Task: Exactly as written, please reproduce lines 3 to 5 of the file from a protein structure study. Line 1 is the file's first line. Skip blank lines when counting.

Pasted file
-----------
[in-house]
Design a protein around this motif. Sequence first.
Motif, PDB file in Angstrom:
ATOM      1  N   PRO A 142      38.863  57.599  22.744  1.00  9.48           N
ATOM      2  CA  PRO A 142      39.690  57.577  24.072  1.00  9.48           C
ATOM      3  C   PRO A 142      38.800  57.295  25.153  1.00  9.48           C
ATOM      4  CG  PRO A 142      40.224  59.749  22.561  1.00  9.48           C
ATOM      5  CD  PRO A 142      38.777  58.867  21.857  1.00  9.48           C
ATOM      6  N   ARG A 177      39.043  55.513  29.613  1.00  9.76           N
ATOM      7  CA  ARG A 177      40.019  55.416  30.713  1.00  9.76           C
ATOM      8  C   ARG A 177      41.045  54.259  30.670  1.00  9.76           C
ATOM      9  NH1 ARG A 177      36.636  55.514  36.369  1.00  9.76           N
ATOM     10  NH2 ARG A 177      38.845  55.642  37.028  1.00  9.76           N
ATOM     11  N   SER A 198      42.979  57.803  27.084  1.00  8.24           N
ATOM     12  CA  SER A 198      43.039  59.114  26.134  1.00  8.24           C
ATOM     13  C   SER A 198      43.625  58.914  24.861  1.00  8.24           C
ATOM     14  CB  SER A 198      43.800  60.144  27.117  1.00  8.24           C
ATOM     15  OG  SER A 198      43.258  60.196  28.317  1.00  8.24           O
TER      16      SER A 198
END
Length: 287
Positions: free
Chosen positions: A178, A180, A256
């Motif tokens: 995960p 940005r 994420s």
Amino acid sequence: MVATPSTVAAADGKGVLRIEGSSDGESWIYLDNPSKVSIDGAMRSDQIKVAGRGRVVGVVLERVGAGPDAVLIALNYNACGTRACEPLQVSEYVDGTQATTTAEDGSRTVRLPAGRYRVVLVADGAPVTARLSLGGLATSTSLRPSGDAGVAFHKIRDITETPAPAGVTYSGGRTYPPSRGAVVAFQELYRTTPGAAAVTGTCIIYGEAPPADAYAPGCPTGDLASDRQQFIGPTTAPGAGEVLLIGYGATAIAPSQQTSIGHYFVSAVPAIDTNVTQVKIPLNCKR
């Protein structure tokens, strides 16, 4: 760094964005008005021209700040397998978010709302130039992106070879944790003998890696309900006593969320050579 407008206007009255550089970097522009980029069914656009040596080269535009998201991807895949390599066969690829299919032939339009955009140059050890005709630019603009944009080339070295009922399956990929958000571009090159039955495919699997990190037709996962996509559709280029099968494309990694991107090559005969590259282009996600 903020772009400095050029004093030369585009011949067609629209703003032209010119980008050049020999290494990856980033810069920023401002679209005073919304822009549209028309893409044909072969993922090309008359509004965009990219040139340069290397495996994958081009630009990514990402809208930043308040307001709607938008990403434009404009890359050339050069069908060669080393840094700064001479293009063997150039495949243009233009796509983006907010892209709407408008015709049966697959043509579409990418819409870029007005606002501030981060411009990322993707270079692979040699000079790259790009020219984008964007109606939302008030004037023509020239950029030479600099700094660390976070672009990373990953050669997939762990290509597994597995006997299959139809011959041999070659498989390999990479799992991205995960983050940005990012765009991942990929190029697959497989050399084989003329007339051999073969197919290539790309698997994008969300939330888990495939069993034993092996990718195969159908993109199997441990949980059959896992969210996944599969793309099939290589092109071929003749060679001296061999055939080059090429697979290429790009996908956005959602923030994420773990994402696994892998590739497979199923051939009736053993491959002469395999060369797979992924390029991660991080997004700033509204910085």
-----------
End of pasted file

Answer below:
Motif, PDB file in Angstrom:
ATOM      1  N   PRO A 142      38.863  57.599  22.744  1.00  9.48           N
ATOM      2  CA  PRO A 142      39.690  57.577  24.072  1.00  9.48           C